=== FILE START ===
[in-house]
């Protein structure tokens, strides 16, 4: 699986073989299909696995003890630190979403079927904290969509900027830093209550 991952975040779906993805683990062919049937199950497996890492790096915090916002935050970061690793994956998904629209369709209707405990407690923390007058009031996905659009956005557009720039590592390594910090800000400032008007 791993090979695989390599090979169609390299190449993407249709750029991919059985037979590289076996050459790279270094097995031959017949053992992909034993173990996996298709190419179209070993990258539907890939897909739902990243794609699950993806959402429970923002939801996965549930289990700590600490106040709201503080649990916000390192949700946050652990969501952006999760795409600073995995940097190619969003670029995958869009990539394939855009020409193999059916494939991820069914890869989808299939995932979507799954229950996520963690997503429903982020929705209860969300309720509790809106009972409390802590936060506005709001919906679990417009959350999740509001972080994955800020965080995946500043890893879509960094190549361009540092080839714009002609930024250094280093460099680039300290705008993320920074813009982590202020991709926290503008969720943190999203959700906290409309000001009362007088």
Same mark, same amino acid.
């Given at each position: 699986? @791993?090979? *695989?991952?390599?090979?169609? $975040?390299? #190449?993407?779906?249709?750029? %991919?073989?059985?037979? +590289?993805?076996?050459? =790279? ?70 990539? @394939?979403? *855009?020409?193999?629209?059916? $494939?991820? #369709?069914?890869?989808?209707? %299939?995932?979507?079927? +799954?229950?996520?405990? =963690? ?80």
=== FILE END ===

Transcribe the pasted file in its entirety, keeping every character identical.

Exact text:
[in-house]
């Protein structure tokens, strides 16, 4: 699986073989299909696995003890630190979403079927904290969509900027830093209550 991952975040779906993805683990062919049937199950497996890492790096915090916002935050970061690793994956998904629209369709209707405990407690923390007058009031996905659009956005557009720039590592390594910090800000400032008007 791993090979695989390599090979169609390299190449993407249709750029991919059985037979590289076996050459790279270094097995031959017949053992992909034993173990996996298709190419179209070993990258539907890939897909739902990243794609699950993806959402429970923002939801996965549930289990700590600490106040709201503080649990916000390192949700946050652990969501952006999760795409600073995995940097190619969003670029995958869009990539394939855009020409193999059916494939991820069914890869989808299939995932979507799954229950996520963690997503429903982020929705209860969300309720509790809106009972409390802590936060506005709001919906679990417009959350999740509001972080994955800020965080995946500043890893879509960094190549361009540092080839714009002609930024250094280093460099680039300290705008993320920074813009982590202020991709926290503008969720943190999203959700906290409309000001009362007088």
Same mark, same amino acid.
């Given at each position: 699986? @791993?090979? *695989?991952?390599?090979?169609? $975040?390299? #190449?993407?779906?249709?750029? %991919?073989?059985?037979? +590289?993805?076996?050459? =790279? ?70 990539? @394939?979403? *855009?020409?193999?629209?059916? $494939?991820? #369709?069914?890869?989808?209707? %299939?995932?979507?079927? +799954?229950?996520?405990? =963690? ?80």